Some years ago, I arrived home from a day of appointments and shopping, put some things on the roof of the car while I locked it, then gathered them up and went inside. Several days later, there was a note under my door saying my (very expensive) x-rays had been found and could be collected at such-and-such an address.

I hadn’t even realised the scans were missing, but soon worked out what must have happened. When I summoned the courage, I shame-facedly knocked on the door at the address I’d been given and explained who I was.

‘I found these a few days ago’, the man said. ‘They were scattered right across the road and the envelope was further down the street.’

‘I think I left them on the roof of the car’, I said sheepishly. ‘But that would have been close to a week ago…’

‘They must have been on your roof for a few days at that rate, then skidded off when you turned that corner on the rise over there’, he suggested, nodding his head towards where he’d found the precious films.

From the remainder of the conversation, I learned the man was on holidays, had no vehicle and, wanting to recuperate after heavy stress at work, was keen to keep to himself.  

After he rescued my x-rays, he took several long walks in a bid to find where I lived. He eventually found my address, but my flat number didn’t appear on the envelope, so he knocked on every door of the eighteen units trying to find me.

Unbeknown to him, most of the flats in the block were permanently empty, and the tenants of the other four – including me – were not at home. He returned several times before someone answered his knock and gave him my flat number.

With my knock on his door, his detective work and tenacity had paid off, and my necessary medical records had been delivered back to me… albeit in a round-a-bout way. The man had even cleaned them up after their adventure in the street.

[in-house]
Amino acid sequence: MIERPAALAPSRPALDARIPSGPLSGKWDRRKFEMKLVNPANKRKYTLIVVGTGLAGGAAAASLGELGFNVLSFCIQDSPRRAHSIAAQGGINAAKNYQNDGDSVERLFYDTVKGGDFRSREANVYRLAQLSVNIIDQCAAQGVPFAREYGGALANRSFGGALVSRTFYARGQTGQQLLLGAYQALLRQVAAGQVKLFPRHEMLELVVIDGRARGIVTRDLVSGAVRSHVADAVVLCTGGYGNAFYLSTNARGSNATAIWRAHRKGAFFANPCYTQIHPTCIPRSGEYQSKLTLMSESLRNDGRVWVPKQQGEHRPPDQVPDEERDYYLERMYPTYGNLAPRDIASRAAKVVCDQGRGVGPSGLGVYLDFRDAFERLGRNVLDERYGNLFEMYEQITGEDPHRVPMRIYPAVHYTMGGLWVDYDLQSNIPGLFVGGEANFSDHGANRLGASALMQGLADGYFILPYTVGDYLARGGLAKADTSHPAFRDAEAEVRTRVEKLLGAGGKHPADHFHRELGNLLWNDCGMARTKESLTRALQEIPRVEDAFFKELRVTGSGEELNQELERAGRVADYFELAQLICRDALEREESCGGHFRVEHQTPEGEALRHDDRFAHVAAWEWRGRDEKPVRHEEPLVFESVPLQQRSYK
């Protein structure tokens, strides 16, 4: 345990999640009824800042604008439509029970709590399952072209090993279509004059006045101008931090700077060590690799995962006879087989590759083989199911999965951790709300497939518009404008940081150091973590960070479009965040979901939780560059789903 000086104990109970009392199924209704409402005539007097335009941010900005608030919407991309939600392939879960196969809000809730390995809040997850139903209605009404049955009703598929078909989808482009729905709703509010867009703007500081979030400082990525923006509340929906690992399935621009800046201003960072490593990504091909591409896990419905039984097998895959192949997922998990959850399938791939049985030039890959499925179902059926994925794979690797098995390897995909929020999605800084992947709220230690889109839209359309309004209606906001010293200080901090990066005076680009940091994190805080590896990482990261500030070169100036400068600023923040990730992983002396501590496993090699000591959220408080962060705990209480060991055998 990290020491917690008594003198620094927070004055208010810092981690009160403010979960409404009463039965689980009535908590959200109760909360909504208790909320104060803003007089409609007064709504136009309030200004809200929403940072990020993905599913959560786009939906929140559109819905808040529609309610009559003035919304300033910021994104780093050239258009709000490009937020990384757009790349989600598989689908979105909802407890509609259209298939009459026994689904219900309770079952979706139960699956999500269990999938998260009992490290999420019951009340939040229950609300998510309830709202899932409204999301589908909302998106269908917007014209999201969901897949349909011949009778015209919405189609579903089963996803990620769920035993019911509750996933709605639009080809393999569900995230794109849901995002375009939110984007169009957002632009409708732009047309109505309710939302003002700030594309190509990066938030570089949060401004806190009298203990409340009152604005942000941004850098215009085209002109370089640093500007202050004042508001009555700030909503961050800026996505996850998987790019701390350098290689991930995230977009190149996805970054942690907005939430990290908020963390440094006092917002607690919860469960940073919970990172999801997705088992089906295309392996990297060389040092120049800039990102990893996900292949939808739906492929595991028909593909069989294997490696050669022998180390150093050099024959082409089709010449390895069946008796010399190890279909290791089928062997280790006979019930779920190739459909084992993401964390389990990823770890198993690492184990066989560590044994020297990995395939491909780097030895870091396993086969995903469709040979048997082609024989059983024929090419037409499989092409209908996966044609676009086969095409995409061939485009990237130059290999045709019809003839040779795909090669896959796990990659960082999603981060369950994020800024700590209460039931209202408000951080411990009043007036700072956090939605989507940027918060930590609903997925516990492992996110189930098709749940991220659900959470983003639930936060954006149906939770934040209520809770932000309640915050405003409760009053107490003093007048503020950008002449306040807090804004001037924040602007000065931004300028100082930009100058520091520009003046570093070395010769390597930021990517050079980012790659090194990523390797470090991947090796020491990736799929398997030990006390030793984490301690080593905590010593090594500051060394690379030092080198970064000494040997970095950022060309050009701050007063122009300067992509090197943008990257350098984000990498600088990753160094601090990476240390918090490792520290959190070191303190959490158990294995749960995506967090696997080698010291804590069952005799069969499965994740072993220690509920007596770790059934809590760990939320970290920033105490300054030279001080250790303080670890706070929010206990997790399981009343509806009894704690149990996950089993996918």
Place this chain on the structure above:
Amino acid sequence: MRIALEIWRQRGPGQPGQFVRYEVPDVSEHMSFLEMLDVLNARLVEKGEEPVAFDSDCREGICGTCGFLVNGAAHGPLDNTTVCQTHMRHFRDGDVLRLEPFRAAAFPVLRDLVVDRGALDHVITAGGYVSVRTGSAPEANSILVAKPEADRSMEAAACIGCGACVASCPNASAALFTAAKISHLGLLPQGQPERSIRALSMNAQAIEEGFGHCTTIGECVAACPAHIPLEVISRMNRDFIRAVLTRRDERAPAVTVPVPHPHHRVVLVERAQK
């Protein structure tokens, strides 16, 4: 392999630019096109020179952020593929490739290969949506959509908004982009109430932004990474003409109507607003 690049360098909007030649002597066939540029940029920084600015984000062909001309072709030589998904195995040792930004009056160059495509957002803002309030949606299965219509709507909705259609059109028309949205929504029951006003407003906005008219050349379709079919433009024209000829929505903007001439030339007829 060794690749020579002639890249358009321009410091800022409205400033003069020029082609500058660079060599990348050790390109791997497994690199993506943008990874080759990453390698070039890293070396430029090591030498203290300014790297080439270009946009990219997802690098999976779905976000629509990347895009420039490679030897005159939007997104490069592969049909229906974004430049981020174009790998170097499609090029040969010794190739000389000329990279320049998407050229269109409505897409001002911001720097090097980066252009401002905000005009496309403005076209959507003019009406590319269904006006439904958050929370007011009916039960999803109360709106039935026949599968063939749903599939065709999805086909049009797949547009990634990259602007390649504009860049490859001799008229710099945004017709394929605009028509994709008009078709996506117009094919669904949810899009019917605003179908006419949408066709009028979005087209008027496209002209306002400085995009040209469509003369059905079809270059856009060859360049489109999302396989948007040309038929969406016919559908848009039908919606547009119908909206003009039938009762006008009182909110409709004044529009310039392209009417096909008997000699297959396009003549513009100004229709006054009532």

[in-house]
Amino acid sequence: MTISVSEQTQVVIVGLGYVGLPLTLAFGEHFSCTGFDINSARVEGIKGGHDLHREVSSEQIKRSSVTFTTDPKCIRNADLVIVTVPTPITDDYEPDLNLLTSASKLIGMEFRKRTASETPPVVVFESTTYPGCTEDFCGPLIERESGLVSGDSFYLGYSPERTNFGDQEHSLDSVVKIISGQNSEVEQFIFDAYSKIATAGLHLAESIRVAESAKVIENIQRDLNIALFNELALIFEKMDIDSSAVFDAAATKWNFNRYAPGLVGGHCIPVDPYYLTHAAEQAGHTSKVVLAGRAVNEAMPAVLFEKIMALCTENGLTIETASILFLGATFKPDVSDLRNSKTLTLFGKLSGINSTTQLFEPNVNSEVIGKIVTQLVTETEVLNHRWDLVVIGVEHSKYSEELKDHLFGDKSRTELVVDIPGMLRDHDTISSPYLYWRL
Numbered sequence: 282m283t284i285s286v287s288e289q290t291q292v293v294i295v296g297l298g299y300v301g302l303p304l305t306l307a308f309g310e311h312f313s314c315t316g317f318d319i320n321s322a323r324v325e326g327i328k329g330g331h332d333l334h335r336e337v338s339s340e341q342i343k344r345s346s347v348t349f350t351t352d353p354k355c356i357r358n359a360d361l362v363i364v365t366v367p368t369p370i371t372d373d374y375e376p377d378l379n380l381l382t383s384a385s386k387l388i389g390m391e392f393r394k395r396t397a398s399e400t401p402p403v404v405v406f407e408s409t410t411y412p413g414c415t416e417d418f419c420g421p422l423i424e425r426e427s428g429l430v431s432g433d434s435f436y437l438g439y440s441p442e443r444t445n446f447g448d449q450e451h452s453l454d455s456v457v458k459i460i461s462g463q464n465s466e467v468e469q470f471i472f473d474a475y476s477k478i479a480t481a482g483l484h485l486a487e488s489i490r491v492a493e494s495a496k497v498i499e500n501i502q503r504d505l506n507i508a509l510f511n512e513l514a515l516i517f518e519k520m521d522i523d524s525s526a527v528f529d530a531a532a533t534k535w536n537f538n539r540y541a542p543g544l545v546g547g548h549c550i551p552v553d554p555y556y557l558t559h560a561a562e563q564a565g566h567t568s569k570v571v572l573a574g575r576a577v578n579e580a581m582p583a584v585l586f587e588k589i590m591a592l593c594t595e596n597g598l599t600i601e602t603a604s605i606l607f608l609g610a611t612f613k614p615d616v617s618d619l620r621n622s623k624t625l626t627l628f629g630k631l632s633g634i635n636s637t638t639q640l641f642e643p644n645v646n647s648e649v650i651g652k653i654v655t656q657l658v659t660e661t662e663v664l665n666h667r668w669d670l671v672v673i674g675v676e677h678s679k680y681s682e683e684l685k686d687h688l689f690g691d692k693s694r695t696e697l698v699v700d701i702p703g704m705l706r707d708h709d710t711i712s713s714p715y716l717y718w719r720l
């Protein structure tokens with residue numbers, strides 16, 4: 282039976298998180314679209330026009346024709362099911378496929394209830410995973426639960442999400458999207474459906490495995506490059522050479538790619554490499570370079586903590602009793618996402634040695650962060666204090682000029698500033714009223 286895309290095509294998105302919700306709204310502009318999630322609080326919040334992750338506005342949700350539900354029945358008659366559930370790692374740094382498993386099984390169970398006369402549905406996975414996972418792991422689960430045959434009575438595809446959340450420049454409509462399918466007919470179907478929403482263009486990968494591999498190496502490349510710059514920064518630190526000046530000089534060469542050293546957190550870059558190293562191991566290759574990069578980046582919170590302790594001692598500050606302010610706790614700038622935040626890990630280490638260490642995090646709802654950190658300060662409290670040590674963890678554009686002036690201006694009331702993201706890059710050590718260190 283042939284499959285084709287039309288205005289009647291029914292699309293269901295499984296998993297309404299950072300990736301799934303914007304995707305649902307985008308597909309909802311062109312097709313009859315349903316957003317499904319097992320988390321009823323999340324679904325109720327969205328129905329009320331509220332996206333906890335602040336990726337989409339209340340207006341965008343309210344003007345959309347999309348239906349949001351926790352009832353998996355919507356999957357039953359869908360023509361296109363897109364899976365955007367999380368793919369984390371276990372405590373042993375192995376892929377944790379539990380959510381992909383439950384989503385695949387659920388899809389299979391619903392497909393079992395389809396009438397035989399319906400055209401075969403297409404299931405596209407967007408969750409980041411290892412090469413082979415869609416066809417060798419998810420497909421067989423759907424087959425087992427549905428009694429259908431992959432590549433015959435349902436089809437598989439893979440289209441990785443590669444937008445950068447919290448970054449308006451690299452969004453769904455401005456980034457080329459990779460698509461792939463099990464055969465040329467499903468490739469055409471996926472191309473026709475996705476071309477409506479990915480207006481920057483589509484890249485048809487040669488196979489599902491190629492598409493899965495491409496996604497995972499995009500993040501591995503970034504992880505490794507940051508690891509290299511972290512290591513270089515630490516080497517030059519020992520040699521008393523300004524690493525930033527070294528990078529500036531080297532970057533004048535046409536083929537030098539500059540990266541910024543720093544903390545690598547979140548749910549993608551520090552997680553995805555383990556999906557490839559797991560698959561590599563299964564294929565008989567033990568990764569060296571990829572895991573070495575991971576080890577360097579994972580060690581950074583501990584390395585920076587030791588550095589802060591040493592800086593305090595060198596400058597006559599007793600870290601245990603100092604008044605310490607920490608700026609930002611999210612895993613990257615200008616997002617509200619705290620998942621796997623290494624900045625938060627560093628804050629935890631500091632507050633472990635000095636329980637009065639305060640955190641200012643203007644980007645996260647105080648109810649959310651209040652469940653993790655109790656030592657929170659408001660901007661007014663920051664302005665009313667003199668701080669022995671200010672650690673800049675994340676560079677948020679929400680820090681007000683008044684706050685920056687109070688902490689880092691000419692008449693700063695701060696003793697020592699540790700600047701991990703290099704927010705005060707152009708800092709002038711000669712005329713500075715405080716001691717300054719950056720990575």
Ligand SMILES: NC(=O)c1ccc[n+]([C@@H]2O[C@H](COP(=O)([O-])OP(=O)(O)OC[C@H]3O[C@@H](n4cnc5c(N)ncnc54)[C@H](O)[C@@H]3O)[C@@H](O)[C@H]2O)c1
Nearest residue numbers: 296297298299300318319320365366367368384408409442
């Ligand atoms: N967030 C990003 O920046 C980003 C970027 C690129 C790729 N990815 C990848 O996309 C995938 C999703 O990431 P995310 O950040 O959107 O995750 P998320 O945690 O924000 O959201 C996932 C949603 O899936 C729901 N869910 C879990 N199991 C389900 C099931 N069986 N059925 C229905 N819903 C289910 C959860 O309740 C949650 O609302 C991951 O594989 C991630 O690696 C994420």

I was so grateful I could have kissed him. I didn’t, of course… but I did thank him profusely, then left him in peace. I wrote a Thank You message and slipped it under the door of his holiday home at my first opportunity.

Life has since taken me to another part of the state, but I still visit that area occasionally. When I pass the house where he stayed, I think of his kindness and wonder if he left the house before my note was delivered.

A lack of in-the-moment awareness on my part led to the mishap with my x-rays, but this man’s mindfulness shone in every sense of the word ~

  • He was cognisant of the importance of my medical records.
  • He concentrated on rescuing them, cleaning them up, and getting them back to me.
  • He went to painstaking lengths to restore them to me.
  • He was selfless in his consideration and kindness.

And this was all while he was recuperating from his own stressful work situation…

This man was indeed a mindful Good Samaritan of the highest order!

Once Each Year

In my childhood

New Year’s Eve

was equaled

only by Christmas.

 

We donned bathers and hats

piled into Rickety Kate

~ our Ford of ’27 vintage ~

and headed for the beach.

 

My father drove

along endless country roads

over the narrow bridge

with the bend high above water

which scared me so much

I hid behind the front seat

until danger was past

and I knew we would not fly

to our deaths

encapsulated in our car

at the bottom of the river.

 

An early lunch

ensured a vacant table

where we spread a cloth

crockery and food

prepared by my mother

in previous days

of searing heat.

 

We devoured chicken salad

my brother’s birthday cake   

and family specialties

made from secret recipes

then

we grudgingly cleared scraps

and packed left-overs.

 

Restrained to allow

an hour for lunch to settle

we were like chained puppies

impatient to frolic

in the water.

 

When unleashed

we ran until waist high in the sea

squealed as undercurrents

dragged our feet from beneath us

and bolstered ourselves

against the strength of waves

anxious to break

over our heads.

 

We collected shells

built sandcastles

and watched them disintegrate

with the incoming tide

then we ran for another dip

before splashing Mum and Dad

as we begged a canoe ride

in the river’s mouth.

 

With the sun’s descent

we flopped      exhausted

onto vinyl seats

that stuck to our legs.

 

We fell asleep to the engine’s hum

content in the knowledge

that in one year

we would again enjoy

our annual family outing.

c.  Kathryn Coughran